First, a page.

From Axe-Fx II Wiki
The information on this page supplements the official manuals.
- Amplifying a signal with cabinet modeling requires a specific amp/speaker solution: a Full Range Flat Response (FRFR) monitor. This can be a pair of powered studio monitors, a powered FR cab, or a FR wedge/cab with a built-in or separate neutral-sounding power amplifier. Or the FOH mixing console, when there is a PA sound system present (aka 'going direct'). FOH means Front Of House, to distinguish it from a monitor mixer on stage. The FRFR principle: what goes in goes out, with as little tone coloring as possible. Tone shaping is left to the input device, in this case: the Axe-Fx II or AX8. FR(FR) monitors can be active/powered (including a power amplifier) or passive (just a cabinet) and often consist of a speaker and a tweeter, separate or coaxical. FR advantages are portability, no tone coloring, reduced stage volume, consistent tone at all volume levels and venues, ability to work with cab modeling, ability to produce synth and acoustic tones.
- FR in Wikipedia.
- Article in Music Radar.
- The Axe-FX II and AX8 provide a broad frequency range. Because of this it can be used for bass, acoustic instruments, guitars etc. When using a traditional guitar cabinet you won't notice the broad frequency spectrum because the traditional speaker filters the tone. FR(FR) amplification however passes all frequencies. If this bothers you, there are several ways to handle this (source):
- Put a PEQ at the end of the grid and block low and high frequencies, or use the LoCut and HiCut parameters in the Cab block to achieve similar results. Try low-cutting (= high-passing) at around 80-150 Hz and high-cutting (= low-passing) at around 6-10 kHz.
- Put the blocking PEQ (see above) before the Amp block instead of after it. This narrows the signal going into the Amp block. It kind of has the same goal but may sound better subjectively.
- Use the Global EQ.
- Use the tone knob on your guitar.
- Cliff's comments:
- "The Axe-Fx is extremely accurate in duplicating the sound of a mic'd amp. Your monitoring thus becomes an essential part of the chain and accuracy is paramount. Many "FRFR" monitors are neither FR nor FR." source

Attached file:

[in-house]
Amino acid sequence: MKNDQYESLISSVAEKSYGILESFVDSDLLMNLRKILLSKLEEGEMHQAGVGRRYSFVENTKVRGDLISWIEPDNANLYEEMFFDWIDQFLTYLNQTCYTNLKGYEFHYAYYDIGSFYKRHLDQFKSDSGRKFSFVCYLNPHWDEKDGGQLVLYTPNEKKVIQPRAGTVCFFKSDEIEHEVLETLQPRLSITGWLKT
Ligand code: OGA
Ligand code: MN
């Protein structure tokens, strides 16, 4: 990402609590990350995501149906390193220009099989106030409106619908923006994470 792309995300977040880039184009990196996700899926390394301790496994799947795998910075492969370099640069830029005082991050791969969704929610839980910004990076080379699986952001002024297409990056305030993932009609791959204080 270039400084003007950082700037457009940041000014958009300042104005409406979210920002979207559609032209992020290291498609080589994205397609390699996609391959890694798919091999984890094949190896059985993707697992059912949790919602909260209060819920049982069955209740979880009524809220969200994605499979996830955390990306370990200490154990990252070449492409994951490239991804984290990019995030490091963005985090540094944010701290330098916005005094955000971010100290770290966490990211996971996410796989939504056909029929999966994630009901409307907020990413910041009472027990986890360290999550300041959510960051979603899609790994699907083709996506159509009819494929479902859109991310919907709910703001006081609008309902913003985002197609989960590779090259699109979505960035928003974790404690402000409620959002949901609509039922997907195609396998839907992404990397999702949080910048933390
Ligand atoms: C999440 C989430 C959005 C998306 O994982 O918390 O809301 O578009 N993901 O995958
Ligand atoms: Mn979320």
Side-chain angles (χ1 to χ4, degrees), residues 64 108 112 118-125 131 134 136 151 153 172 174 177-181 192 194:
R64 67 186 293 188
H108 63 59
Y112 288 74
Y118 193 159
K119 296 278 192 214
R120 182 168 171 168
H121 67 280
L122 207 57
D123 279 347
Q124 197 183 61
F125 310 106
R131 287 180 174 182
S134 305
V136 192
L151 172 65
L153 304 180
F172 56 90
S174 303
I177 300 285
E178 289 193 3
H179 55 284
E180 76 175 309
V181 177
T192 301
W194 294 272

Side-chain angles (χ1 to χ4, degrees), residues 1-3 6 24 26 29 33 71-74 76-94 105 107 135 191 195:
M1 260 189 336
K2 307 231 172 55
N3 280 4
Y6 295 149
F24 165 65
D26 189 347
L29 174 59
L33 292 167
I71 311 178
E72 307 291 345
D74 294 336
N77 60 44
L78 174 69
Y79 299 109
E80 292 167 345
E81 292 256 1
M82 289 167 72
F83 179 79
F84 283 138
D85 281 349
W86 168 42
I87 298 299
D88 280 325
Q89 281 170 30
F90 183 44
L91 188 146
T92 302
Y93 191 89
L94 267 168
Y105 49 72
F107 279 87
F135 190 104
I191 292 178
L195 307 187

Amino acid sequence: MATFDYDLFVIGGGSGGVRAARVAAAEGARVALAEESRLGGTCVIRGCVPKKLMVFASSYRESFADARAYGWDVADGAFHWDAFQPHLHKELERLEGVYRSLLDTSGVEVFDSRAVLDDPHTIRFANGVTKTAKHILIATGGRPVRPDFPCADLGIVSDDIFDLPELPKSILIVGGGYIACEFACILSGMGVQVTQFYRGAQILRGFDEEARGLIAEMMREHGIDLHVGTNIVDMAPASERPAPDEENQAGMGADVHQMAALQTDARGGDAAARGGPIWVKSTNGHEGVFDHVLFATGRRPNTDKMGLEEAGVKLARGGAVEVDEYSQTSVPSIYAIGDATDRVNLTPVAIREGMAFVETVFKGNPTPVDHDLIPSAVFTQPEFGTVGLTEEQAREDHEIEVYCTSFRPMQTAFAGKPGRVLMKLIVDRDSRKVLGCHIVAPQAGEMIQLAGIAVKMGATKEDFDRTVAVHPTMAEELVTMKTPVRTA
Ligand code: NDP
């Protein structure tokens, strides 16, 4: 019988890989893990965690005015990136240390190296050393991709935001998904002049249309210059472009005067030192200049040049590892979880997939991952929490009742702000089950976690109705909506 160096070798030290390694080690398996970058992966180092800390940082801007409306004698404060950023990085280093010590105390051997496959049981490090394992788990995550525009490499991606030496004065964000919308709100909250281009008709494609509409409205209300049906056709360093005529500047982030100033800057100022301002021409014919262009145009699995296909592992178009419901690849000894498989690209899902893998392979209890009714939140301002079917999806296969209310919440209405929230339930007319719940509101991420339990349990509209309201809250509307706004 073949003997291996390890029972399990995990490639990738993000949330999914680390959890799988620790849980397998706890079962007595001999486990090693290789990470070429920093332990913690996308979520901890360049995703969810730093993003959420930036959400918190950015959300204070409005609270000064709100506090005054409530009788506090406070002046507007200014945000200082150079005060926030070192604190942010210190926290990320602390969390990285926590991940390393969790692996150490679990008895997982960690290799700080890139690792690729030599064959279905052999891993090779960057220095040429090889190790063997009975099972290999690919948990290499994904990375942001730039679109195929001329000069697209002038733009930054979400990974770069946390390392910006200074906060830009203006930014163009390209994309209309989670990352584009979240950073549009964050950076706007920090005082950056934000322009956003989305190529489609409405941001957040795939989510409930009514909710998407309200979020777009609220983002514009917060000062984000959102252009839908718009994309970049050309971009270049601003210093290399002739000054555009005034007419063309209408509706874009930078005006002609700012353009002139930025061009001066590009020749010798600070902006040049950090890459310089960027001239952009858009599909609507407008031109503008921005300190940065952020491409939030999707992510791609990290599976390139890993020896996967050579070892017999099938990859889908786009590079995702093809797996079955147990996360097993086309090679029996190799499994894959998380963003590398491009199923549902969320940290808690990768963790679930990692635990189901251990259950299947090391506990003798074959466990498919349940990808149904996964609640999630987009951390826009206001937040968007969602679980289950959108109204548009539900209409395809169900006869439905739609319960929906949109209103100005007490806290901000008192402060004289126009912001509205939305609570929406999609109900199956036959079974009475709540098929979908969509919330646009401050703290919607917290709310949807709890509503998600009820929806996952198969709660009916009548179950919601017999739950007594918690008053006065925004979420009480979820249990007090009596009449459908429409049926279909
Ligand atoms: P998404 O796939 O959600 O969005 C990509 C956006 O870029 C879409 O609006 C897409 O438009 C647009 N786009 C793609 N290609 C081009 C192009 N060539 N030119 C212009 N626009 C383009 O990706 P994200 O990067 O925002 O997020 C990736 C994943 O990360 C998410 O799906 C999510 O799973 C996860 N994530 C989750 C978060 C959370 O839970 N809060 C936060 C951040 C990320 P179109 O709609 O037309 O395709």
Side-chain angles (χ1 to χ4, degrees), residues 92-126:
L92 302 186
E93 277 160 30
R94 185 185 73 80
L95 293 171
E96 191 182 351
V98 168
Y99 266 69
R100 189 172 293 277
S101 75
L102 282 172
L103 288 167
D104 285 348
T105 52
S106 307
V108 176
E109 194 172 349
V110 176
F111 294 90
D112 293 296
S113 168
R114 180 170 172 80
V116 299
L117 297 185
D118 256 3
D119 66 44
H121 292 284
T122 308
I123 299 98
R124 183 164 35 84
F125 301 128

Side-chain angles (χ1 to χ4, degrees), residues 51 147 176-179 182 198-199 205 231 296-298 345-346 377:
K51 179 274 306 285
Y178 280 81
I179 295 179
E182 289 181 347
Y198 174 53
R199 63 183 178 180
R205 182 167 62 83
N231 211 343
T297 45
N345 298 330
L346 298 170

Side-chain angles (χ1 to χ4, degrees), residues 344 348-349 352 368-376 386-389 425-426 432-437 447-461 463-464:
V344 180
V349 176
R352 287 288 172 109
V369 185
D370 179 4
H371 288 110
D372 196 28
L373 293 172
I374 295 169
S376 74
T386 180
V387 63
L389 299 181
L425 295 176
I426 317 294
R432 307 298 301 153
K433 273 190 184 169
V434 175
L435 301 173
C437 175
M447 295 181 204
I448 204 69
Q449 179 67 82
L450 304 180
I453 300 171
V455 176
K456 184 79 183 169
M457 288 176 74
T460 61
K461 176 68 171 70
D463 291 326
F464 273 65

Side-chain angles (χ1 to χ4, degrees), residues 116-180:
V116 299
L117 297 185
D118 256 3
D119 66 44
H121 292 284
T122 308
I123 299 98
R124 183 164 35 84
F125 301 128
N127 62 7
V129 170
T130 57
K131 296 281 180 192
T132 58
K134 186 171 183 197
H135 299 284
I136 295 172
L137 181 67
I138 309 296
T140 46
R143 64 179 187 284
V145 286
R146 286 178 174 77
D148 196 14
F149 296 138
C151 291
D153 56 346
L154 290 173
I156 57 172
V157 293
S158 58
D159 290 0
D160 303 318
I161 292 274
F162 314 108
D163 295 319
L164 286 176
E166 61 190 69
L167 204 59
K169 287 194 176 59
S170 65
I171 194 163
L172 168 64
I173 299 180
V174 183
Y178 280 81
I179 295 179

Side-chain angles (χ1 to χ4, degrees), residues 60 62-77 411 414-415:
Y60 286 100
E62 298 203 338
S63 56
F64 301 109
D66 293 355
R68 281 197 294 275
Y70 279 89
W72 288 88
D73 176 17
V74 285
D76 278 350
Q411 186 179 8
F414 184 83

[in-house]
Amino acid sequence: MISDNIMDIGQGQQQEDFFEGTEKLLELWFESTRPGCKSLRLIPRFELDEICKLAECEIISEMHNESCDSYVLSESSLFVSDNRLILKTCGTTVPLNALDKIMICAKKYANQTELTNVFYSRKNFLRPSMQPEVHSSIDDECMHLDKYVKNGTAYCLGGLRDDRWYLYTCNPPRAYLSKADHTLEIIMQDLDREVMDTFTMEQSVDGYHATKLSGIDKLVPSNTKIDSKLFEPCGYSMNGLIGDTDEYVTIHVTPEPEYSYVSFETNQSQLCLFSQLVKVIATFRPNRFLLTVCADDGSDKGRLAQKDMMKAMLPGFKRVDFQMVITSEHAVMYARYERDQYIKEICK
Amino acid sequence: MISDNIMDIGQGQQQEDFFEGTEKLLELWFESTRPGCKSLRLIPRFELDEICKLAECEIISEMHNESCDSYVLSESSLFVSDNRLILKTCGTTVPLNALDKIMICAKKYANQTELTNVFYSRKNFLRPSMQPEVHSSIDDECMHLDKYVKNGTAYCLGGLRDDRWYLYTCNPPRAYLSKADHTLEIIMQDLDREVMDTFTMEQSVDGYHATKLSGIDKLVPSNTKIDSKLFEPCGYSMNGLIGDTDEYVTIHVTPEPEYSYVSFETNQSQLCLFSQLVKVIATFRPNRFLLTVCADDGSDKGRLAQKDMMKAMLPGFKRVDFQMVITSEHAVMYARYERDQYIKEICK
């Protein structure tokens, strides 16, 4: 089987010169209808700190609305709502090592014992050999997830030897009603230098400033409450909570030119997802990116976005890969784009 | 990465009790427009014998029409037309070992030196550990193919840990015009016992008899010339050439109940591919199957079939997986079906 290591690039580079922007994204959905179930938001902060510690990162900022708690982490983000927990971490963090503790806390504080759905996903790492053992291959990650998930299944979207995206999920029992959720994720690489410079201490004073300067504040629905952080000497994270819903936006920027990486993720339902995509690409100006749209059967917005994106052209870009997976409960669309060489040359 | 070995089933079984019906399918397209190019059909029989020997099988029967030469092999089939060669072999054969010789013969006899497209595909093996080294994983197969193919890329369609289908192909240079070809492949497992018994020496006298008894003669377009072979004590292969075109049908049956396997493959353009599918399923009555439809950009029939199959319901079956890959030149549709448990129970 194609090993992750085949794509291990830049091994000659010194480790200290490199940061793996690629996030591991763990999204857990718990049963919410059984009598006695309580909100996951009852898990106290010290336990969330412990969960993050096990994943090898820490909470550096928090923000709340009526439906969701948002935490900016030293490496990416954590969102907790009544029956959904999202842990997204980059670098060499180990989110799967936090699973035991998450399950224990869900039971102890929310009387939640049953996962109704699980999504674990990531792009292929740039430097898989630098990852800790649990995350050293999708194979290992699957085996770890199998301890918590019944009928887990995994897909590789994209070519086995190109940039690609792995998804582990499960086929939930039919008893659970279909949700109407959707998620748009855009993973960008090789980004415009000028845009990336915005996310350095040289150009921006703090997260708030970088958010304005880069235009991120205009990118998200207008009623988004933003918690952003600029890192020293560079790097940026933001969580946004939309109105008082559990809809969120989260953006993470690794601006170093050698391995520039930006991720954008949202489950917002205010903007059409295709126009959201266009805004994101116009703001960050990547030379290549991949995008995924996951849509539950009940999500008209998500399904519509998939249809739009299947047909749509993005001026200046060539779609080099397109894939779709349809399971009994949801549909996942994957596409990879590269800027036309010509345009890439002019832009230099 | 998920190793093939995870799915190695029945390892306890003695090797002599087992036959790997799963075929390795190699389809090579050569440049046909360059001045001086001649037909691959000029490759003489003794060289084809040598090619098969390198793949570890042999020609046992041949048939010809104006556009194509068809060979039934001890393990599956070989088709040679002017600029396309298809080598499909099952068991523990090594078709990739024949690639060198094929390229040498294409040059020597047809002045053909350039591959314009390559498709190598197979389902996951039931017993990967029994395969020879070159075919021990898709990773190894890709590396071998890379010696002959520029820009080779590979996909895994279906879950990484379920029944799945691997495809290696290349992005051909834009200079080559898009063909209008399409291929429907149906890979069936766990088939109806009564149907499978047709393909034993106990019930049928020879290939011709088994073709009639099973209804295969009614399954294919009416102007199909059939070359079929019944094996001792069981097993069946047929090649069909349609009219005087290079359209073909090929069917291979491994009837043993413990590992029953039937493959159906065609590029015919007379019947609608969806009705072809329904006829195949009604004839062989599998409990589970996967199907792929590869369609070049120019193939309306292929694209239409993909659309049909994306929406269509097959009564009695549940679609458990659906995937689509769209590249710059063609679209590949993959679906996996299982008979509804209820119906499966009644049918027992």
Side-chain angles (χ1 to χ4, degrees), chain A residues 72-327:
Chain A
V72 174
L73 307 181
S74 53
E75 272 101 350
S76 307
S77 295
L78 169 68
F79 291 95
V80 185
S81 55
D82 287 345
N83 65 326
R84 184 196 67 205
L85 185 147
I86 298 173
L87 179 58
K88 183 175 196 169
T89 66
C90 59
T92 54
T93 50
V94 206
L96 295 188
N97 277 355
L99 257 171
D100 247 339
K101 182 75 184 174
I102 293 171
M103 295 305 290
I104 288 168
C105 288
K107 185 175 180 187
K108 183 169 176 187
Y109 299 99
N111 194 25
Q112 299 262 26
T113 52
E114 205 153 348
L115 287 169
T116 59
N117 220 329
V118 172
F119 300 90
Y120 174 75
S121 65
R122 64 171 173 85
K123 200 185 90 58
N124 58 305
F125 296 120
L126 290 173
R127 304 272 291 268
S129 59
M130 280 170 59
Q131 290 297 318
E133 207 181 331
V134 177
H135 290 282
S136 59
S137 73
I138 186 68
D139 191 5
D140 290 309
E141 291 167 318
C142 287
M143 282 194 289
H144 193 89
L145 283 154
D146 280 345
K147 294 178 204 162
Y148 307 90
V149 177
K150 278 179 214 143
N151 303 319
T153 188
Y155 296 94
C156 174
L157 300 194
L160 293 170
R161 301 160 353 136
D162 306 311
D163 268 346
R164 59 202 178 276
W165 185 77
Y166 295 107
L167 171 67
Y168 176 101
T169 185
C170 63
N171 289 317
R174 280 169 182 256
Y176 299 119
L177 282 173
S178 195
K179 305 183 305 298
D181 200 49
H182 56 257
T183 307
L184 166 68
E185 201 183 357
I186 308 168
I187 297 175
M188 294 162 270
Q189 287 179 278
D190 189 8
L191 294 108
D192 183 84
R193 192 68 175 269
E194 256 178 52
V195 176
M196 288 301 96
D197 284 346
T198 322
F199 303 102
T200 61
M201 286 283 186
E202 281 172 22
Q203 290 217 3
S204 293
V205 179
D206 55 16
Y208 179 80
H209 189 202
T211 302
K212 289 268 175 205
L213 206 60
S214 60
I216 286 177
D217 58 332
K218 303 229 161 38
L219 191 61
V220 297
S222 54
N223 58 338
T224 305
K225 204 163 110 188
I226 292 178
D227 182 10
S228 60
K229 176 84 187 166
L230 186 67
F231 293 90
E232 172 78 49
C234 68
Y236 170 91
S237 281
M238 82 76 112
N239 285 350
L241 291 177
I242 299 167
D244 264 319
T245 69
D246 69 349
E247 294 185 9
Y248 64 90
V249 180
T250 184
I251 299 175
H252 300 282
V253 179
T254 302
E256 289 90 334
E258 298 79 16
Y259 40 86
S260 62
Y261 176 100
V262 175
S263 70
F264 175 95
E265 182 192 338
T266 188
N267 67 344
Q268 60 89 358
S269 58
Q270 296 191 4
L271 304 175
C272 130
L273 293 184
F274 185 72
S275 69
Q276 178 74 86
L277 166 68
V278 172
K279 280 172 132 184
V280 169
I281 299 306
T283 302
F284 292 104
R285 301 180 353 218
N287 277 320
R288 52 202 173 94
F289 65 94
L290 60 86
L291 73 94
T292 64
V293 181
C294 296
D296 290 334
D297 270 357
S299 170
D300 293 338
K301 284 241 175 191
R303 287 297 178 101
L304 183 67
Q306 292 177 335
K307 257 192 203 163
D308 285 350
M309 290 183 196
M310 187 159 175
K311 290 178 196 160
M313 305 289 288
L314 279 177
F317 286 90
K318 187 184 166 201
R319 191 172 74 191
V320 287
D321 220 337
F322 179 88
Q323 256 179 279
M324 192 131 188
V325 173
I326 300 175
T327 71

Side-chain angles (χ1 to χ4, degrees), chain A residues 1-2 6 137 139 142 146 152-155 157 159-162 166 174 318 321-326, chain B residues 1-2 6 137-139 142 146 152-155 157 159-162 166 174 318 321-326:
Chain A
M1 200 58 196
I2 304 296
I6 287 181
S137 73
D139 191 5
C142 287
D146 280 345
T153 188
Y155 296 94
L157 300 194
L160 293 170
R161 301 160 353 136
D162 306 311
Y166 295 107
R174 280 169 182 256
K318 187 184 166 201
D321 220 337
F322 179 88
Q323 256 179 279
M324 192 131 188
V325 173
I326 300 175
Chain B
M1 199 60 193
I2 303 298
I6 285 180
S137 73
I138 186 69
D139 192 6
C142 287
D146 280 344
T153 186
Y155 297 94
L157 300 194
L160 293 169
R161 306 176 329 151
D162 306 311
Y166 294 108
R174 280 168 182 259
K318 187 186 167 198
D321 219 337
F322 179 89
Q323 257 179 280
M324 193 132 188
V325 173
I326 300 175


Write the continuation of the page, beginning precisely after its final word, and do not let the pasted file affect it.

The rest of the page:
- "Resist the temptation to add bass and treble. The amp designers knew what they were doing (well most of them). If you are applying heavy EQ then you will be disappointed at gig volumes. What sounds midrangey and bland at low volumes will sound great at high volumes. Do some research on Fletcher-Munson to understand this." source
- "You're not going to hear the same thing through FRFR that you heard from guitar cabs. Your audience will hear something very similar but you won't. What you're hearing through FRFR is a mic'd representation of the cabs. It takes some getting used to. You have to start thinking like a producer/engineer rather than a guitar player. If you start trying to dial out what you call "fizz" and "artifacts" you're going to end up with a tone that doesn't cut. It might sound good to you but it won't fit in the mix. That fizz and sizzle is what makes those classic rock tones work. Listen to some isolated tracks of VH and AC/DC and you'll hear a ton of high-end sizzle. In the mix, however, it's not noticeable. If you remove it then the guitar sounds dead." source
- "The sound of an amp in the "far field" is quite different than what you get with close mic'ing. IR's are made using close-mic'ing and therefore sound nothing like listening to a guitar cab at distance from the cone. Your audience does not hear the far field tone, they hear the close mic'd tone as that's what is put through the FOH. It can be quite an adjustment coming from far field amp tone to close mic'd tone. Some people just never adjust. Fortunately the Axe-Fx was designed to give you the best of both worlds. You can use the FX Loop and Output 2 to a power amp and conventional guitar cab while routing the fully processed tone with IR to the FOH. See the manual for full details. Rather than using your amp you can use a lightweight solid-state power amp and any of the new, lightweight guitar cabs that use Neodymium speakers. This gives you the classic far field amp tone for yourself in a lightweight package and the polished sound for the FOH direct from Output 1." source